Desires, Liturgies and the Kingdom: Part 1, Liturgy Isn't A Magic Bullet

Last fall I was honored to be a part of the Rochester College Streaming conference where James K. Smith was the main presenter. James presented his work on desire, love, liturgies and spiritual formation from his books Desiring the Kingdom and You Are What You Love.

I wanted to post a few different thoughts about desires and liturgies reflecting upon Smith's work.

For this post, a quick recap if you aren't familiar with Smith's ideas and then a simple observation.

The first move Smith makes is anthropological. Humans are desiring, emotional animals. It's less about "I think, therefore I am" than "You are what you love."

Second move: Our desires are aimed at some vision of human flourishing, some vision of the Good Life. In theological language, some vision of the kingdom of God.

Third move: Habits and practices shape our affections. Since these habitual practices are shaping our loves and desires for a kingdom we can call them liturgies. So defined, liturgies are everywhere shaping our affections. Smith calls these "secular liturgies," mainly consumeristic and nationalistic liturgies, that shape and direct our affections toward some vision of the Good Life.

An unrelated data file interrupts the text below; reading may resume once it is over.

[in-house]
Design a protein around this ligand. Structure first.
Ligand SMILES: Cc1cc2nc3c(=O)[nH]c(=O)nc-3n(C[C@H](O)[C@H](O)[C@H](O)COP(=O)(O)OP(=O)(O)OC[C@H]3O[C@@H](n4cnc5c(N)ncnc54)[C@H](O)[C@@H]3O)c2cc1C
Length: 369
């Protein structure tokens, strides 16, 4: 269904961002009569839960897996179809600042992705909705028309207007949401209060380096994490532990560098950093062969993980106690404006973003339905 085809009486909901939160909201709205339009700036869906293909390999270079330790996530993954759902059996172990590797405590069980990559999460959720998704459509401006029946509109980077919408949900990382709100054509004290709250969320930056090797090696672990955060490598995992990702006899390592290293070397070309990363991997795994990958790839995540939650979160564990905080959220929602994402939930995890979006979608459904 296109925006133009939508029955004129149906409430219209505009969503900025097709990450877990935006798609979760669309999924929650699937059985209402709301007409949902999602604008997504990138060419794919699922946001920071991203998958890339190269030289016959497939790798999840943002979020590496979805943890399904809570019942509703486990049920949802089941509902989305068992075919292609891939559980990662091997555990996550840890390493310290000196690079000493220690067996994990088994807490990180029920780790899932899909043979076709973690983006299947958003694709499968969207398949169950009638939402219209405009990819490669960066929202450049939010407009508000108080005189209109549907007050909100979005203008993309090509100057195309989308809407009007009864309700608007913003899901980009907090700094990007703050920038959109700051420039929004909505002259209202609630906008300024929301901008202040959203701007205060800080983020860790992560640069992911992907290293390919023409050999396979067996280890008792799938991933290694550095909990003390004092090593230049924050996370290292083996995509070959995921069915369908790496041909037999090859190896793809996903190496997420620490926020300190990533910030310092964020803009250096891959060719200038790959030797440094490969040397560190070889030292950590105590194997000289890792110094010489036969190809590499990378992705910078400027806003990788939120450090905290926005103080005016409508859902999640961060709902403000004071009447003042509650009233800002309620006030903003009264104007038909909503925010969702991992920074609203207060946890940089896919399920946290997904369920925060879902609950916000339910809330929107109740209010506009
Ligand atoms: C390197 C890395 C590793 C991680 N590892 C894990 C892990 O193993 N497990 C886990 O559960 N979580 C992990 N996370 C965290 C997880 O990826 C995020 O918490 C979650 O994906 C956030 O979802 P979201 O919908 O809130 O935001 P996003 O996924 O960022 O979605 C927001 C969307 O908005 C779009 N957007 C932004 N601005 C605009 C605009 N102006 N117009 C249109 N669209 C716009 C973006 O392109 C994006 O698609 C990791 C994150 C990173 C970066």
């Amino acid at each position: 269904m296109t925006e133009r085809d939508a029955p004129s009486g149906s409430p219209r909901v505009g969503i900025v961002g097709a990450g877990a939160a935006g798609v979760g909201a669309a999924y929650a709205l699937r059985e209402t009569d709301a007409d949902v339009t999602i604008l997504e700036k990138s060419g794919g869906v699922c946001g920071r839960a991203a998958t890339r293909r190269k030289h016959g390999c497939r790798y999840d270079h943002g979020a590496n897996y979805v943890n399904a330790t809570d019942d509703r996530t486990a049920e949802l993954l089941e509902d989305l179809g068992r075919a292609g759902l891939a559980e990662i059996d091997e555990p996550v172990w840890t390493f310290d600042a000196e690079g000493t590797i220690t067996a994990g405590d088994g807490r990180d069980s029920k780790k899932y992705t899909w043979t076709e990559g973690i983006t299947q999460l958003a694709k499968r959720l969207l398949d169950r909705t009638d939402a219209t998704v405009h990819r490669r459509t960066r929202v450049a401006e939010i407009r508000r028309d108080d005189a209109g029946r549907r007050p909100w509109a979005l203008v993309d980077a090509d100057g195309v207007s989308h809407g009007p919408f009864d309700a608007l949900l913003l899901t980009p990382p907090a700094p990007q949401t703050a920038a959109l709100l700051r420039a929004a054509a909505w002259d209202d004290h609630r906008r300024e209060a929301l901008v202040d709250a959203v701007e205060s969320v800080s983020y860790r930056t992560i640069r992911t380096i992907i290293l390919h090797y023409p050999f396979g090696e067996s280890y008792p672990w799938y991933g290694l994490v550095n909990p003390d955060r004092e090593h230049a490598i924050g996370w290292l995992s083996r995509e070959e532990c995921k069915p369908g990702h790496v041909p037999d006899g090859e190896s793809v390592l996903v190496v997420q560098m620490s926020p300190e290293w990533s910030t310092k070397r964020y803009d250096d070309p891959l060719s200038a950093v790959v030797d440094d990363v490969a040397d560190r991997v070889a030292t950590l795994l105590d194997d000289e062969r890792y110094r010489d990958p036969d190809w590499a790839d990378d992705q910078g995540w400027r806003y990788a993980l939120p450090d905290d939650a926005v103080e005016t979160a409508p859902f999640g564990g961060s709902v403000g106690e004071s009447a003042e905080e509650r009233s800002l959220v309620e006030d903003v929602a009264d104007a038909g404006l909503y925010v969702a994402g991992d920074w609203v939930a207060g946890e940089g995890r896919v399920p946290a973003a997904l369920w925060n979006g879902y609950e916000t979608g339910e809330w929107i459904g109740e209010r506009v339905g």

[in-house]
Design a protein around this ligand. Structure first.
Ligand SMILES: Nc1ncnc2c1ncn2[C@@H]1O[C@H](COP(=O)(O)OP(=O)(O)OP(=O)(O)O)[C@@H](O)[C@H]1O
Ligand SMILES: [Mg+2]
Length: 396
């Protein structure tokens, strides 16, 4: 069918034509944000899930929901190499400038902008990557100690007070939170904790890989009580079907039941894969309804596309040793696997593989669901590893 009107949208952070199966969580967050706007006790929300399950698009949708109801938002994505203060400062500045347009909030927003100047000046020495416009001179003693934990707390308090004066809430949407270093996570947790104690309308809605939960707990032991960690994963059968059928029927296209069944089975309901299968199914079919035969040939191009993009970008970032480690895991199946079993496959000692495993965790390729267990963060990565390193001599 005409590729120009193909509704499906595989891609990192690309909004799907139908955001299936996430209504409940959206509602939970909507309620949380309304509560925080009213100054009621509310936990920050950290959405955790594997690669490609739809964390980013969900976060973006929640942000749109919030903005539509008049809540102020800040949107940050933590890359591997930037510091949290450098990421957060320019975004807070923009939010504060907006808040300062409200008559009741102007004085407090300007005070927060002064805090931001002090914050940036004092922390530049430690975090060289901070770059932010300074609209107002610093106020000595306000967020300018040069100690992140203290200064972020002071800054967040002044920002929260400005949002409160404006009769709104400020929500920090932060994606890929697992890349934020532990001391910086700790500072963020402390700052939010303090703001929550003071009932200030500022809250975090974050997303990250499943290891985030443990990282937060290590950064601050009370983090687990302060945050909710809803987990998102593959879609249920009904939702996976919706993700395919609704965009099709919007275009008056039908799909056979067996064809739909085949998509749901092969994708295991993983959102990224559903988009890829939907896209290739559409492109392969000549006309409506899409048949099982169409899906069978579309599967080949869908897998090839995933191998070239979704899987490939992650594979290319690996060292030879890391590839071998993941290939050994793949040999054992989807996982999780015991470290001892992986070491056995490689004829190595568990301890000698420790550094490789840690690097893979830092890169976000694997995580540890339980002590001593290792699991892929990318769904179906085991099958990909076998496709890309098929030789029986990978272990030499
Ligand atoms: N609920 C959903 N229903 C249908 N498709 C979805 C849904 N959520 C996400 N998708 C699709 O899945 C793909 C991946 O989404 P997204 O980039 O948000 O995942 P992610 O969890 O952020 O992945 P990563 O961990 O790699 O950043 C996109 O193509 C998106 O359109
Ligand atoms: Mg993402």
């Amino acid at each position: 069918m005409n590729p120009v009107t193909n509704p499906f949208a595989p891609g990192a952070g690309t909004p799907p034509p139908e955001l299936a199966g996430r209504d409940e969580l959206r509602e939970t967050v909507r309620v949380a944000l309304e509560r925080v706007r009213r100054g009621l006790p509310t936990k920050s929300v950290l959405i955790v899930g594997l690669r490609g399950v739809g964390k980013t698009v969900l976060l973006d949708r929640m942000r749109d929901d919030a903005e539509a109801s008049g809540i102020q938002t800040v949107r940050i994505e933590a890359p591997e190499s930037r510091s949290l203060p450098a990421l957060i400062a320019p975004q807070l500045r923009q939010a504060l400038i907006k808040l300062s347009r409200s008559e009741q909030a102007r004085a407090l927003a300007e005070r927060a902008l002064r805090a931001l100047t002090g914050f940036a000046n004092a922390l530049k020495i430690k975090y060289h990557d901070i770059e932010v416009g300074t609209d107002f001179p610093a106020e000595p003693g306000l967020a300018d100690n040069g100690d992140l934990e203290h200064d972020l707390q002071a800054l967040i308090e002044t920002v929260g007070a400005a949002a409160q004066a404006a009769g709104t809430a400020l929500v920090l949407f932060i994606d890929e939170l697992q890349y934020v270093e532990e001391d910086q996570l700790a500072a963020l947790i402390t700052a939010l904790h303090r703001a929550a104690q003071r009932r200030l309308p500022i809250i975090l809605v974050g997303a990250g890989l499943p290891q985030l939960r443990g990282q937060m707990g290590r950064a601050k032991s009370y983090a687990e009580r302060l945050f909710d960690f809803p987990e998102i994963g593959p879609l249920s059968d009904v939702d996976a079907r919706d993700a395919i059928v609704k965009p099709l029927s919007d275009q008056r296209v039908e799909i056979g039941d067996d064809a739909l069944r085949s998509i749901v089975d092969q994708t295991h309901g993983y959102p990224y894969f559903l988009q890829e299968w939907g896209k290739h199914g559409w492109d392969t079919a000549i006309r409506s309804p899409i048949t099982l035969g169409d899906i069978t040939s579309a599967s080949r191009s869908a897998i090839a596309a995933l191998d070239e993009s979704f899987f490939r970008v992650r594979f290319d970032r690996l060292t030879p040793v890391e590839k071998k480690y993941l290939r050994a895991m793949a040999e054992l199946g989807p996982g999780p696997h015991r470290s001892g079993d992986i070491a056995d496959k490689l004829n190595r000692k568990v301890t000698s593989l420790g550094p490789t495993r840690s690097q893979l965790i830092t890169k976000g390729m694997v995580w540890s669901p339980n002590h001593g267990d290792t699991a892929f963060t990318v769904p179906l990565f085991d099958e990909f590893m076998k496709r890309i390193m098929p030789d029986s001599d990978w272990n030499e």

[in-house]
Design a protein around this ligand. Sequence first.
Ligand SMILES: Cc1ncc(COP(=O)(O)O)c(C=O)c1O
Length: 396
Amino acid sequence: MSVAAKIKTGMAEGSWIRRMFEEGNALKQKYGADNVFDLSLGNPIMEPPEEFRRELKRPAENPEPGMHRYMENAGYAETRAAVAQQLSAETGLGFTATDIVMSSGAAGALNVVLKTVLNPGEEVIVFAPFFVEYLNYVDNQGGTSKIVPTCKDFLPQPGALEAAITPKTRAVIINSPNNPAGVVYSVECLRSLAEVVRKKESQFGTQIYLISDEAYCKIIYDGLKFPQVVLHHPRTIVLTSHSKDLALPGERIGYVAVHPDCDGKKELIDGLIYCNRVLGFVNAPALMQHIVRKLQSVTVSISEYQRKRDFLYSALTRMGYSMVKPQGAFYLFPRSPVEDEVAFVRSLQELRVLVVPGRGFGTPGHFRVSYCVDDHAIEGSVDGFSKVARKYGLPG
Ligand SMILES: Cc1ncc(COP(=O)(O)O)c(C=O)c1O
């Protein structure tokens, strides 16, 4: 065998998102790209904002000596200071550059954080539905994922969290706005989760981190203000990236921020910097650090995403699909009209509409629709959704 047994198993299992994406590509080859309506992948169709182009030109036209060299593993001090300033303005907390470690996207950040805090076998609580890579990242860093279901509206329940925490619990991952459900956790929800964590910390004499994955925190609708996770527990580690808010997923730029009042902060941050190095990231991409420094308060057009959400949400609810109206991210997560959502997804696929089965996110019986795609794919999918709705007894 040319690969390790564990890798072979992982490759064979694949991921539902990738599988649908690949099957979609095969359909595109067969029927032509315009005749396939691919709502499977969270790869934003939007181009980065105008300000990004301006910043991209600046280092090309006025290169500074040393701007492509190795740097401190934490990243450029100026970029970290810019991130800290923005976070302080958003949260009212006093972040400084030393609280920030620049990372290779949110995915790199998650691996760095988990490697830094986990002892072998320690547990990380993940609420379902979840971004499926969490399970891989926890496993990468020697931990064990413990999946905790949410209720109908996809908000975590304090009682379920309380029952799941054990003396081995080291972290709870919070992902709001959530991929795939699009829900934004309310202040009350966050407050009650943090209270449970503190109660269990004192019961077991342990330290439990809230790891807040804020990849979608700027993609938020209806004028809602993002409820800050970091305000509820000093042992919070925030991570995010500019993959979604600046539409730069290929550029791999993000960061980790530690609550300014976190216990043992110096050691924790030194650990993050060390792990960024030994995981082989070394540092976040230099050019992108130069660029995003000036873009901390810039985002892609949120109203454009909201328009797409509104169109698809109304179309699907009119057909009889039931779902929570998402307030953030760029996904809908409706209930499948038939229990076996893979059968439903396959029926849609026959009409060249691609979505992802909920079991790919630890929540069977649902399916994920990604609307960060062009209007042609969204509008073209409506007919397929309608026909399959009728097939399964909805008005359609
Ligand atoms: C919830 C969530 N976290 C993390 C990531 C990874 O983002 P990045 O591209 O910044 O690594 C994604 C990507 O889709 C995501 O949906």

Fourth move: Christian worship is a counter-liturgy, habits and practices that compete for and reshape our affections away from the rival liturgies of the culture. If the secular liturgies of nation and marketplace--the habits and practices of life that make us desire and love the American Dream--deform us then Christian liturgy reforms us.

Overall, I agree with every one of these moves. I really like Smith's work.

But my first response, one that many people at Streaming shared, was that liturgy doesn't seem able to bear the weight Smith puts on it.

For example, as I pointed out at Streaming, among Protestants the mainline traditions have the best liturgy, and we can also throw in Catholicism and the Orthodox, but overall I don't think these liturgical traditions are producing more saintly Christians at higher rates than other traditions.

Liturgy isn't a saint factory.

Relatedly, as another attendee pointed out, if liturgy is so powerful then why are many mainline churches losing members at faster rates than some other denominations?

To be clear, I love the liturgy in mainline churches. Jana and I went to an Episcopal cathedral for their Christmas eve service this year. I adored the service, but the attendance was sparse. Clearly, liturgy alone isn't a magic bullet.

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